I have a ‘science’, ‘creativity’ and ‘work’ smartfolder at ‘root’ level. Below creativity, for example, I have a ‘guitar’ smartfolder. Clicking on it shows me all the entries in the creativity folder, tagged with guitar. This is an effect of the nested smartfolder support (that no other app has). If I drag the ‘guitar’ smartfolder to, say, work, I would get all the entries tagged with ‘guitar’ that are in the ‘work’ category. Obviously, none exist. I’m not a musician by trade.

A bunch of the entries might eventually be moved to DEVONthink, and in some cases (for example, an ebook I’m currently reading) from DT to Journler. In the latter case I only have to provide a link to the file that already resides in DT.

For actual creative writing, I use Scrivener. I don’t think I need to explain why. Any articles that are published (published to my blog, or my uni paper, that is) are then added to Journler for quick reference, and in some cases to DEVONthink, if I think they have lasting value.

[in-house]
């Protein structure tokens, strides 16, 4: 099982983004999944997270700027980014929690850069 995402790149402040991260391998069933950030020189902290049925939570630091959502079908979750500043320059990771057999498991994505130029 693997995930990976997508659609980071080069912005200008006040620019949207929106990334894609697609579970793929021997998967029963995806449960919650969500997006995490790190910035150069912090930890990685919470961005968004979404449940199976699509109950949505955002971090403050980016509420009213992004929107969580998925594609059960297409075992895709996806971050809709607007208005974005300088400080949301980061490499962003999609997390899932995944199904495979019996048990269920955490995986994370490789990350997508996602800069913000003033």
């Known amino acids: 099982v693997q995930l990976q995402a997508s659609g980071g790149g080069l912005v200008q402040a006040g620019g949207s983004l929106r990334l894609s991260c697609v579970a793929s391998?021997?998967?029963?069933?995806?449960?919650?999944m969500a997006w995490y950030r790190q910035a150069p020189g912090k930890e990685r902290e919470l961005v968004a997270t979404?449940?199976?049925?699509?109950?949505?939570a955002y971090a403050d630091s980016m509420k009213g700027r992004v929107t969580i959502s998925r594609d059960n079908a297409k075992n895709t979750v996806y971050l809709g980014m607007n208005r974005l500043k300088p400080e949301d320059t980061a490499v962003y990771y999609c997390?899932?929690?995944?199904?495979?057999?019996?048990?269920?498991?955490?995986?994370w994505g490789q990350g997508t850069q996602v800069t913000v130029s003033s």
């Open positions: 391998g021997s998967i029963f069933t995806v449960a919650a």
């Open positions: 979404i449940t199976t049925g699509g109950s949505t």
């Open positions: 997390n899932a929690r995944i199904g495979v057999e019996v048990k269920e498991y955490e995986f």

Finally, I use a program called Textmate for some of the writing work, and to convert my scrivener multimarkdown documents to (x)html.

As it is, my workflow isn’t perfect. I still use Journler for some archiving, even though it might make more sense to use DT exclusively, and Journler just for day-to-day work. As it is, I see Journler as a buffer; anything really worthwhile will eventually (yearly? monthly?) be moved to DEVONthink, for later reference. To what degree this actually works remains to be seen.

So there, my workflow with three/four fantastic mac-only apps. Suggestions or criticism is welcome…

Brian, thanks for this.

I’m still doing an indepth reading of it (and the responses) but I wanted to note that with Leopard + Spotlight, you can limit the search to a user name and choose what to search between content or filename. You can also choose what formats to search (PDFs, images, webpages) in Sys Prefs -> Spotlight as well as rearrange the order in which they appear in the Spotlight window.

(Back to reading…)